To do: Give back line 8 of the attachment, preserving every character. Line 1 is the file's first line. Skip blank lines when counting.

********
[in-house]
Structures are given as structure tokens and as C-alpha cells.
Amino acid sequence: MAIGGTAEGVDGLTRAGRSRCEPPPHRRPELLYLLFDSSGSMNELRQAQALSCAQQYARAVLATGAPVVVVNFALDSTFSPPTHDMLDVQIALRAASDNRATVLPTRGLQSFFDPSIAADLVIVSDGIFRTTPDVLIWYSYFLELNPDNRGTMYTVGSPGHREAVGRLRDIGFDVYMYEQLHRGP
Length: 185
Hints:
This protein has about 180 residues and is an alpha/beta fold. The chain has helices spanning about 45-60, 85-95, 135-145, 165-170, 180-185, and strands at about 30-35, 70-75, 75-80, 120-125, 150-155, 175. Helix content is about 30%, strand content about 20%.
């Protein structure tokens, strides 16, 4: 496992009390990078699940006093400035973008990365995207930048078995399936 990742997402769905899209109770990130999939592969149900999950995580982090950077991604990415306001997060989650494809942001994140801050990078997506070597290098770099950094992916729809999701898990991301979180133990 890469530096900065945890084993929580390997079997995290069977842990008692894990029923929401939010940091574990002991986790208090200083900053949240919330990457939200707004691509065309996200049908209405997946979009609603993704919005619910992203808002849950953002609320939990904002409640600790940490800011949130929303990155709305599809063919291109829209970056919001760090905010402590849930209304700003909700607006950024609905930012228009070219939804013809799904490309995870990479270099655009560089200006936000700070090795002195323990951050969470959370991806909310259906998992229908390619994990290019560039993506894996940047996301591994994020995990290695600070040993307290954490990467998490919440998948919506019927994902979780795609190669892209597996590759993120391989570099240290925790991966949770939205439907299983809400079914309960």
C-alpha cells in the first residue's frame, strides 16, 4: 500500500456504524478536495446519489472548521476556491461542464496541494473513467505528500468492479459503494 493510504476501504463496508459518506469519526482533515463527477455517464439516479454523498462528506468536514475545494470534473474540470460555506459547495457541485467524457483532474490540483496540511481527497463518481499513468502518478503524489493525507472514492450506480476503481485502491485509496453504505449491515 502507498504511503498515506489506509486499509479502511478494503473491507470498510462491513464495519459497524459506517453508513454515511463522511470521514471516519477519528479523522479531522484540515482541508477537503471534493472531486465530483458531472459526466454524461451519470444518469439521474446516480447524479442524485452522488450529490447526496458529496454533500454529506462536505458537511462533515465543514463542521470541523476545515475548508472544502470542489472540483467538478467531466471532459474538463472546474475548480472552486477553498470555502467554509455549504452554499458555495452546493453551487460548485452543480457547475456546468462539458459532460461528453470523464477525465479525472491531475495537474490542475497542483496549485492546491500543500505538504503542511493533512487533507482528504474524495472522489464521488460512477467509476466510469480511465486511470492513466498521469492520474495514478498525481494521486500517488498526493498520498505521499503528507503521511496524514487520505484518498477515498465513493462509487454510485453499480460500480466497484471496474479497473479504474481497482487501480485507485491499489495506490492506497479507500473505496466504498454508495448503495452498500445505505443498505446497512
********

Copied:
C-alpha cells in the first residue's frame, strides 16, 4: 500500500456504524478536495446519489472548521476556491461542464496541494473513467505528500468492479459503494 493510504476501504463496508459518506469519526482533515463527477455517464439516479454523498462528506468536514475545494470534473474540470460555506459547495457541485467524457483532474490540483496540511481527497463518481499513468502518478503524489493525507472514492450506480476503481485502491485509496453504505449491515 502507498504511503498515506489506509486499509479502511478494503473491507470498510462491513464495519459497524459506517453508513454515511463522511470521514471516519477519528479523522479531522484540515482541508477537503471534493472531486465530483458531472459526466454524461451519470444518469439521474446516480447524479442524485452522488450529490447526496458529496454533500454529506462536505458537511462533515465543514463542521470541523476545515475548508472544502470542489472540483467538478467531466471532459474538463472546474475548480472552486477553498470555502467554509455549504452554499458555495452546493453551487460548485452543480457547475456546468462539458459532460461528453470523464477525465479525472491531475495537474490542475497542483496549485492546491500543500505538504503542511493533512487533507482528504474524495472522489464521488460512477467509476466510469480511465486511470492513466498521469492520474495514478498525481494521486500517488498526493498520498505521499503528507503521511496524514487520505484518498477515498465513493462509487454510485453499480460500480466497484471496474479497473479504474481497482487501480485507485491499489495506490492506497479507500473505496466504498454508495448503495452498500445505505443498505446497512